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Emory Offering Verinata's Verifi, Moving its Genetic Testing Portfolio into International Markets

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Emory Genetics Laboratory is now offering Verinata's noninvasive prenatal test, Verifi, to physicians, plans to soon launch a number of cancer panels, and is beginning to expand internationally — inking molecular diagnostic partnerships with Mexico's Genomi-K and AITbiotech in Singapore, Clinical Sequencing News has learned.

Additionally, to keep up with its expanding capacity and range of tests, the laboratory has hired five new directors that will join EGL full time within the month. Zunyan Dai from Quest will serve as director of the Cytogenetics Laboratory; Daniel Sharer from the University of Alabama, Birmingham and Patricia Hall from the Mayo Clinic will join as directors of the Biochemical Genetics Laboratory; and John Alexander from the University of Alabama, Birmingham, Yuan Xue from the University of California, Los Angeles, and Alice Tanner from Emory will join as directors for the Molecular Genetics Laboratory.

EGL has also purchased an Illumina HiSeq 2500 system, adding to the three Illumina MiSeqs and four Sanger systems it uses for clinical purposes and three of Life Technologies' Ion Torrent PGMs that it uses for research and preliminary experiments.

Madhuri Hegde, EGL's executive director, told CSN that the lab decided to contract with Illumina's Verinata after evaluating the four noninvasive prenatal tests currently on the US market and discussing the various options with obstetricians and gynecologists in Georgia.

According to Hegde, a major concern of the Ob/Gyns was the tests' no-call rates, and she said that after evaluating the most recently published data, including Verinata's most recent study in Prenatal Diagnosis, she determined that the firm's no-call rate was the lowest.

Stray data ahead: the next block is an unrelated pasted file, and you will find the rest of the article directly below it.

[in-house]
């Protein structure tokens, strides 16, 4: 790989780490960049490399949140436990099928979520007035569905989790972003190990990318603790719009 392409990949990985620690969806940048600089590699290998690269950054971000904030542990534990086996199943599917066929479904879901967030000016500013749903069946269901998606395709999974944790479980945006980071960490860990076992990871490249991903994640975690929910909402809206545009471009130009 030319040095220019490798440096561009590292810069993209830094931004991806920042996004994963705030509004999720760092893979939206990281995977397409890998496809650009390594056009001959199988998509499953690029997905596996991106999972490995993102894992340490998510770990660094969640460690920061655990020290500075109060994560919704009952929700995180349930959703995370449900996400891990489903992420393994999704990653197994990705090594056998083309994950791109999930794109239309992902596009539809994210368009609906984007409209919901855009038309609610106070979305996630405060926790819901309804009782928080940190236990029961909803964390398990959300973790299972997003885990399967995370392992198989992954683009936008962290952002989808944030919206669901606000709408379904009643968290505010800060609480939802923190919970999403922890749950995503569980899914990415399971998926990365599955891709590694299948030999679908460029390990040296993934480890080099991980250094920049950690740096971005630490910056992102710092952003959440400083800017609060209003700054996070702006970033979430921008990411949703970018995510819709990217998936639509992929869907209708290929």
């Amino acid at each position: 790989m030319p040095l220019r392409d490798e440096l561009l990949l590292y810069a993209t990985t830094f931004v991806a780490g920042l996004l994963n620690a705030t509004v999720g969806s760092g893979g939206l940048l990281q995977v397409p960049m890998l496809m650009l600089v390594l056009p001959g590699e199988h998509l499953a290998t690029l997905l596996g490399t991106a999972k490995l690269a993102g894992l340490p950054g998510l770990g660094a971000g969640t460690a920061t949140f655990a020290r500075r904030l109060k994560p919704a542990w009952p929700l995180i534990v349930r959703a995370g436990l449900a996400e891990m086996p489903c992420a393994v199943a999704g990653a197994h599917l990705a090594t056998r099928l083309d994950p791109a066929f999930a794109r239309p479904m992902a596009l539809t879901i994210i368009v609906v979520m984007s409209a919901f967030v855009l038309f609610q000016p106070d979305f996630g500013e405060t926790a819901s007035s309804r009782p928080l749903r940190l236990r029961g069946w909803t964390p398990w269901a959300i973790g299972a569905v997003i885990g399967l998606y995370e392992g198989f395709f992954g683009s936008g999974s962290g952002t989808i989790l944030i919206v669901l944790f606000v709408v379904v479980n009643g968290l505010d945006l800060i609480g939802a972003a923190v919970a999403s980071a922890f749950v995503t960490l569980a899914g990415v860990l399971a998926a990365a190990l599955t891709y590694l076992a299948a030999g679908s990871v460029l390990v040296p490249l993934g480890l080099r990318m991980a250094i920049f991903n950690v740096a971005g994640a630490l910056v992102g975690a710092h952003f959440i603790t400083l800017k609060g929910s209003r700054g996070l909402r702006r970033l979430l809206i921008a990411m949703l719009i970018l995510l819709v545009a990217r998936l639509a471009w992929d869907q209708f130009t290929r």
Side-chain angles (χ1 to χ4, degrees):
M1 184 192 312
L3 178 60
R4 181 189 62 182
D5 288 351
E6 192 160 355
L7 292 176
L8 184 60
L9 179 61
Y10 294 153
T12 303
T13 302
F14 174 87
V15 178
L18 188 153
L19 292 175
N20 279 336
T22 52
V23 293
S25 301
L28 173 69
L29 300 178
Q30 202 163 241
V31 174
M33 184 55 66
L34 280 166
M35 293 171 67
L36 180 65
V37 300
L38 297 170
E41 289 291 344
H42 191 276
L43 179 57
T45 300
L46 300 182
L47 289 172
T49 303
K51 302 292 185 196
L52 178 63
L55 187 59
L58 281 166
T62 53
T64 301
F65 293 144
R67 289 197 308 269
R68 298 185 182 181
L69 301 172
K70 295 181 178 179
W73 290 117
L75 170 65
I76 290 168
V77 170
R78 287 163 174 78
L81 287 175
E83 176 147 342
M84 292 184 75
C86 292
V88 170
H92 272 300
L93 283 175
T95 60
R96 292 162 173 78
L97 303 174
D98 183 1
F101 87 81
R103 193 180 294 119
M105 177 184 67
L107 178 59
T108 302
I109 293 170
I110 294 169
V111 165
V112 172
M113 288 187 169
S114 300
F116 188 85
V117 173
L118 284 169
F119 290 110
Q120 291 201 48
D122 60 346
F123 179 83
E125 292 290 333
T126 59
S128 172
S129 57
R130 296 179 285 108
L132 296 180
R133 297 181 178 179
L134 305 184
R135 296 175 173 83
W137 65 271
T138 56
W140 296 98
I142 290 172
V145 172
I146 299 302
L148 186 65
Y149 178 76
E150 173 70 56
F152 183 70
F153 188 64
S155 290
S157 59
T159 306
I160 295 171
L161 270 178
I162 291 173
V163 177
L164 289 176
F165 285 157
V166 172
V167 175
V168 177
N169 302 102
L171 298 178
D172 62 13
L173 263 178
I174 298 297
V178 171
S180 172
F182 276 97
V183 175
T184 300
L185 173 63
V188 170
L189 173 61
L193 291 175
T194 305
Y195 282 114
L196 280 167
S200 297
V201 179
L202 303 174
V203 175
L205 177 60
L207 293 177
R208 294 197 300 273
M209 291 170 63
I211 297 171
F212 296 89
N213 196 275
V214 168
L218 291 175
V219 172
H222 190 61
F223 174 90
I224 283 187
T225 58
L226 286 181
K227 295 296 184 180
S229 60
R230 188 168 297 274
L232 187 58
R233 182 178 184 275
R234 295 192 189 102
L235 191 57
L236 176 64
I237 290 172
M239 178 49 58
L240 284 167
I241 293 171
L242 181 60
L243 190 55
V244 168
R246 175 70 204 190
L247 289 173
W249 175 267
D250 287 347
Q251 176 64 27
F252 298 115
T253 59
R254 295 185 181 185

"We also felt strongly about the fact that Verinata has been bought by Illumina, and Illumina is a leader in next-generation sequencing and is highly investing in R&D to extend the capabilities of NIPT," she said.

For instance, she said Verinata is researching the addition of microdeletion and microduplication testing, and Emory is interested in working with Verinata to do clinical validation studies for those applications.

As part of the deal with Verinata, physicians order the test through Emory, samples are sent to Verinata's lab for testing, and then follow-up — including genetic counseling or an amniocentesis in the case of a positive result — is done through EGL.

Previously, Hegde had said that Emory was also considering developing its own noninvasive prenatal test (CSN 3/27/2013), however she said that the laboratory is leaning toward applying the technology to other applications, for instance in detecting fetal single-gene mutations, microdeletions, and microduplications. Such tests would be administered in the case where there has already been familial testing, there is a known mutation in the family that has shown segregation, and the parents want to do prenatal testing of that specific disease-causing mutation.

Aside from prenatal testing, Hegde said that the laboratory is developing a sequencing-based pan ethnic carrier screening test and is "very close to finishing our cancer validation," including a next-gen sequencing-based hotspot panel as well as both somatic and germline mutation panels.

Hegde said that the laboratory has a hereditary cancer test that includes the BRCA1 and BRCA2 genes that is "developed and ready," but it is being "cautious" because of ongoing patent litigation.

In June, the US Supreme Court ruled against several of Myriad's patent claims on isolated BRCA1 and 2 gene sequences. As a result, a number of laboratories launched hereditary cancer tests that include analysis of the BRCA1 and 2 genes, prompting Myriad to sue, alleging that those companies infringe on a number of claims in patents that were not struck down (see PGx Reporter 7/10/2013).

"So, we're holding off, but our test is ready," Hegde said.

In terms of the lab's international expansion, Hegde said that the partnerships with Genomi-k and AITbiotech are just the beginning. The lab is also looking to partner with centers in the Middle East, Japan, and Africa, and is already receiving a large number of samples from Europe.

The Genomi-k and AITbiotech partnerships include contracts to provide the molecular diagnostics companies with the full range of genetic tests offered by EGL. "They have some specific tests that they are more interested in," Hegde said, "with the next-generation sequencing tests at the top."

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